Was Zion worth the headache?

Riders said they enjoyed the rollout through Zion National Park, even if it created some headaches.

Photo: Casey B. Gibson

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In order to gain access to Zion National Park, the Tour of Utah had to make a number of concessions. The peloton was forbidden from racing along the 12.2-mile stretch of Zion-Mt. Carmel highway. Instead, the group had to ride along at a leisurely 15mph.

The race had to start promptly at 7:55 a.m. in order to pass through the park before it opened. The early schedule forced teams to enact a 5 a.m. wakeup call, which is much earlier than normal for this race.

Was the section through Zion worth the hassle? All riders who spoke with VeloNews said that the experience was worth the headaches.

“All of the riders were gazing up at the countryside — there were almost some crashes actually,” said Swiss rider Tom Bohli of BMC Racing. “I think it’s important to promote places like this. We would not have time to visit such places.”

Adrian Costa of the Axeon-Hagens Berman team said the neutral rollout felt strange at first, but soon after the group left Zion Canyons Village the riders began talking and joking.

Riders were forbidden from attacking during the rollout. They also were forbidden from tossing bottles on the side of the road, stopping to pee, or littering.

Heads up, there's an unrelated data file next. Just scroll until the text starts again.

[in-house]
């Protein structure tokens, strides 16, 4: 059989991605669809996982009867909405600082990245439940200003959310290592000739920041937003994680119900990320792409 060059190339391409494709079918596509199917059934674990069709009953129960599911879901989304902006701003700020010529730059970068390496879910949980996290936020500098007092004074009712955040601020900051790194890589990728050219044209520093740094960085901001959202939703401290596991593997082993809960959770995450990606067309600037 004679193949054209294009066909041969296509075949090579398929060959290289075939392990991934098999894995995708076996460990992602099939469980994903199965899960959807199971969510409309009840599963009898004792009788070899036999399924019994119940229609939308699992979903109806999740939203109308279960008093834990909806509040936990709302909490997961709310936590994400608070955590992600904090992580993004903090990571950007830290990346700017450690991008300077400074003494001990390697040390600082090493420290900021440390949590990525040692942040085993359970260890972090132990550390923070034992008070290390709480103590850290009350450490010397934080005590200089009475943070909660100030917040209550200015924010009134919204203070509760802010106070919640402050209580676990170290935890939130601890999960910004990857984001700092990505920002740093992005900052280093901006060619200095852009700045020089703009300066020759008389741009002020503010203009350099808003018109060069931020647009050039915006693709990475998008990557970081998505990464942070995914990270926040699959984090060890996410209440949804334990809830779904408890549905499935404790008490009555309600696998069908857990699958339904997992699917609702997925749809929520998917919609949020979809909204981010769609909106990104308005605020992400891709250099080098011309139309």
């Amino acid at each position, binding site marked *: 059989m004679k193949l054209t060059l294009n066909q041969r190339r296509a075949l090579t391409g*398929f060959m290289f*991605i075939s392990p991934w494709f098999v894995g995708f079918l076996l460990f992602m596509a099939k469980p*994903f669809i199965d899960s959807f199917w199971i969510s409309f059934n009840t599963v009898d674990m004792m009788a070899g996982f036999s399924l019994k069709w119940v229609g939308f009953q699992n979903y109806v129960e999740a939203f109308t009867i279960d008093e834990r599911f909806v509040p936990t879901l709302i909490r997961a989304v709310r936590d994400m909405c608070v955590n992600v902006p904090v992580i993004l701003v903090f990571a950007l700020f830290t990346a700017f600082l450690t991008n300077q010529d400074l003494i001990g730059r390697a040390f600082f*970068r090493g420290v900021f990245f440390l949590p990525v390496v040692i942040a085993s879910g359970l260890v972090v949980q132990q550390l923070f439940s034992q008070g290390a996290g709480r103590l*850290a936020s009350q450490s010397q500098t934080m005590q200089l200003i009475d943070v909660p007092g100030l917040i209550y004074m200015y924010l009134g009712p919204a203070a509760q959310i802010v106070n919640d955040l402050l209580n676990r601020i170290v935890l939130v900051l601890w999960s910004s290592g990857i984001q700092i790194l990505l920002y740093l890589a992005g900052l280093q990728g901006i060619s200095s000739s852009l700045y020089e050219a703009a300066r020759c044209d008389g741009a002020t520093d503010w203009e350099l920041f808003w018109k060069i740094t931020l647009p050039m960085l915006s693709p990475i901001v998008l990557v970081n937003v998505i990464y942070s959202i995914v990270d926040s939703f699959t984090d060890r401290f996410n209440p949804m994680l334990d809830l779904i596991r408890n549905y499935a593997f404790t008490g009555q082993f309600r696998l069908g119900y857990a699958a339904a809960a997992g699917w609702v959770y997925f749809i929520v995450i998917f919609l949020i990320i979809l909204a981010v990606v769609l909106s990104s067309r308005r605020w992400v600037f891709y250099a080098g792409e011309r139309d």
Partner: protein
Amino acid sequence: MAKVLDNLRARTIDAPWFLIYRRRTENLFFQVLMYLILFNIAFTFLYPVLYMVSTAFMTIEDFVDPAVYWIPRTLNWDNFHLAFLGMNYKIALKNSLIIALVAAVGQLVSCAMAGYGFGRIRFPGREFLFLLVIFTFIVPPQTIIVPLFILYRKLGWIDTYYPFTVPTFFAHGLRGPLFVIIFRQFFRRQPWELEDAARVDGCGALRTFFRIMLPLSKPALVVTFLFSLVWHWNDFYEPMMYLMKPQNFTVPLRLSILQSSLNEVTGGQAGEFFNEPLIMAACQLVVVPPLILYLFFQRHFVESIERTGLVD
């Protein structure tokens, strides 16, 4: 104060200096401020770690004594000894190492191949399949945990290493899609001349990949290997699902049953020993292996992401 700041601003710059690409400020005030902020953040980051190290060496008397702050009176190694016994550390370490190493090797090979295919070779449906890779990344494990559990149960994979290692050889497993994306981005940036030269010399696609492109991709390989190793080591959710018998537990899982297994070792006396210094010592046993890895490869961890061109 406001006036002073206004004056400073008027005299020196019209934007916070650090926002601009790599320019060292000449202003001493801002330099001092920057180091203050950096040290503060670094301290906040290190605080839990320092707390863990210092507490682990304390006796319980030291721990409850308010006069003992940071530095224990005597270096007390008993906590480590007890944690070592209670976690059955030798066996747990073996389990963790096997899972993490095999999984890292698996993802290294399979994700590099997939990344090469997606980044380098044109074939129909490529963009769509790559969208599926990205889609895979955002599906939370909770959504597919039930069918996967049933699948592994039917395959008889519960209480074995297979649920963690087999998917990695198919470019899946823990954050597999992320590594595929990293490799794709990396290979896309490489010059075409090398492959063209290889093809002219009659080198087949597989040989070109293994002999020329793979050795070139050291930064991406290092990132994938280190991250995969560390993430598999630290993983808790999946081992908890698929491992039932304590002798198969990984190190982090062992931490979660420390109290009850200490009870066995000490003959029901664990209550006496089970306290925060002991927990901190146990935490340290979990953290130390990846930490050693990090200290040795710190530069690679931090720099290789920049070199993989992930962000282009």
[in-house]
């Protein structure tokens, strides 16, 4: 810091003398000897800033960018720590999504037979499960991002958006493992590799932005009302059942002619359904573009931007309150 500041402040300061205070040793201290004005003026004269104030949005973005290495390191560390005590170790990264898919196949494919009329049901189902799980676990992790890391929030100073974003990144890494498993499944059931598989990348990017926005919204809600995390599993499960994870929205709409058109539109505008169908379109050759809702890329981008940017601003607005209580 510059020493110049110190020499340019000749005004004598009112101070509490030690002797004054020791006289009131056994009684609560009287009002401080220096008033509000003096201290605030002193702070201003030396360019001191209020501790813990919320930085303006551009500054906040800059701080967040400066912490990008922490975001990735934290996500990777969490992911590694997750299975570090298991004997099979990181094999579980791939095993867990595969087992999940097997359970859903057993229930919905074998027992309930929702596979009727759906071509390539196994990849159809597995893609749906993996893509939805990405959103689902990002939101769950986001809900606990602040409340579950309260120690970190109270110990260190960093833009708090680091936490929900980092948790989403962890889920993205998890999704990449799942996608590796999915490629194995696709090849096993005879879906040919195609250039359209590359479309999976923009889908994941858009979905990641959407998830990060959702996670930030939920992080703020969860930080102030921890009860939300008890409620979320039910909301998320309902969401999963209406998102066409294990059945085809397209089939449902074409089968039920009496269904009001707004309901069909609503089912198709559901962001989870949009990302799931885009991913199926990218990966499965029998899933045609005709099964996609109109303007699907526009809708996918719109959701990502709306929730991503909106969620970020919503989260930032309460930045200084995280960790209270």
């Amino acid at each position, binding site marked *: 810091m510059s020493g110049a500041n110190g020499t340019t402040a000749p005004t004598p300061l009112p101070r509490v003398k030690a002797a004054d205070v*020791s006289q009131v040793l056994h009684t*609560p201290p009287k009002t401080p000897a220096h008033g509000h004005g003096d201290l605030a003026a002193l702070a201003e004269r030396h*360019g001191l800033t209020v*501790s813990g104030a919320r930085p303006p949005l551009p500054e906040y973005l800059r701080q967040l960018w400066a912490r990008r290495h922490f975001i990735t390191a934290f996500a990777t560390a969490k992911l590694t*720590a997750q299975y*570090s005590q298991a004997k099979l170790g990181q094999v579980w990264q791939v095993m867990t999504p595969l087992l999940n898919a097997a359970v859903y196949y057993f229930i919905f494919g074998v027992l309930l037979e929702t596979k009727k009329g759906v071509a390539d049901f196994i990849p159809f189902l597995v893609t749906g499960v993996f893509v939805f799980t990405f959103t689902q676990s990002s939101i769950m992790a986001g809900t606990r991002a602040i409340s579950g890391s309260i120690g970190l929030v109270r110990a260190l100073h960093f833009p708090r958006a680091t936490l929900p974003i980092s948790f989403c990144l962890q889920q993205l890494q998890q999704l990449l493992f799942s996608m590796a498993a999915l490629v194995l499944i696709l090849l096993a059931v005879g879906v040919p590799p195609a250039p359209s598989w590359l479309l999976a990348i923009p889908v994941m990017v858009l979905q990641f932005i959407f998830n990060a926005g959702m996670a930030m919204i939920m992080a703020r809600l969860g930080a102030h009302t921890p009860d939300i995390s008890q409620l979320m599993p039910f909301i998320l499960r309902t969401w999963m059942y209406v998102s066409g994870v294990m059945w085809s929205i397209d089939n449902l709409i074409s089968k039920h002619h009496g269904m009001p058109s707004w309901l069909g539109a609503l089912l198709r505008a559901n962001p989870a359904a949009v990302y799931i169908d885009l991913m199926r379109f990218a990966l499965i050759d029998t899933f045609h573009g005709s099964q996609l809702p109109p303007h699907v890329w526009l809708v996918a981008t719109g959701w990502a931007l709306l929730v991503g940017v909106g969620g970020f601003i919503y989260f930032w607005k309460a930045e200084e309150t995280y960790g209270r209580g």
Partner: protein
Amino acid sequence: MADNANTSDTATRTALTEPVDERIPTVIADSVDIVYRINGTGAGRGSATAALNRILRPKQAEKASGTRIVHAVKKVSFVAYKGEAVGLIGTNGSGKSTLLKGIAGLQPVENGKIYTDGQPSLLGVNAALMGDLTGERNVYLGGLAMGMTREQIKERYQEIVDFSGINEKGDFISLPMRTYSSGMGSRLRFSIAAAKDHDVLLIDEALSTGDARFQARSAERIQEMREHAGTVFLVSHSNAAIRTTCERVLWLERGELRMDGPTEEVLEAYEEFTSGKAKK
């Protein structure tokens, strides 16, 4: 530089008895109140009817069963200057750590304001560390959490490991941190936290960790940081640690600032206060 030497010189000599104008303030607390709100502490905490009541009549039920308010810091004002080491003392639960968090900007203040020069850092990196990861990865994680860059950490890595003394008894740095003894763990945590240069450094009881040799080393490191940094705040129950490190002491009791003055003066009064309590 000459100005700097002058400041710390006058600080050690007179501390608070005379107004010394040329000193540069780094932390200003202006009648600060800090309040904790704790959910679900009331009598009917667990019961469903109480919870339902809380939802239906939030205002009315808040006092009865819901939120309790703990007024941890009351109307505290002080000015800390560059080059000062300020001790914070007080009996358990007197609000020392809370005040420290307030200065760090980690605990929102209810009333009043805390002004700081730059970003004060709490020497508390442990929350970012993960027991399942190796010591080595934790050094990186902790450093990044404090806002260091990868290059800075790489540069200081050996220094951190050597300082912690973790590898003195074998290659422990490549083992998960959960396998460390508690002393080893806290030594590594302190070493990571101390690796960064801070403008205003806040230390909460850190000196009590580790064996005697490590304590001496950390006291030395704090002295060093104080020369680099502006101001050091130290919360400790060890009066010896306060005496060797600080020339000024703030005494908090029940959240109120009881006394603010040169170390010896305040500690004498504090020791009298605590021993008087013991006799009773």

“People just started enjoying the experience,” Costa said. “It’s an experience I’ll remember for a long while.”

Joey Rosskopf (BMC Racing), said some riders were grumbling about the early wakeup call and the hourlong transfer from Cedar City to Zion Canyons Village for the start. Usually, Tour of Utah stages start around 11 a.m., which gives riders plenty of time to wake up, drink coffee, and warm up before the stage.

Once the stage began, Rosskopf said, the gripes quickly went away.

“I think everyone was in awe,” Rosskopft said.

Rosskopft said the 12.2-mile neutral zone was also a welcomed way to start the race. Neutral sections are traditionally much shorter, and tensions can run high, as riders jostle for position. The early attacks always start as soon as the riders exit the section.

“If we had started normally, it would have been a really nervous 5km,” he said. “Instead we had 45 minutes to not worry about position, to get our legs moving and to take in the scenery.”

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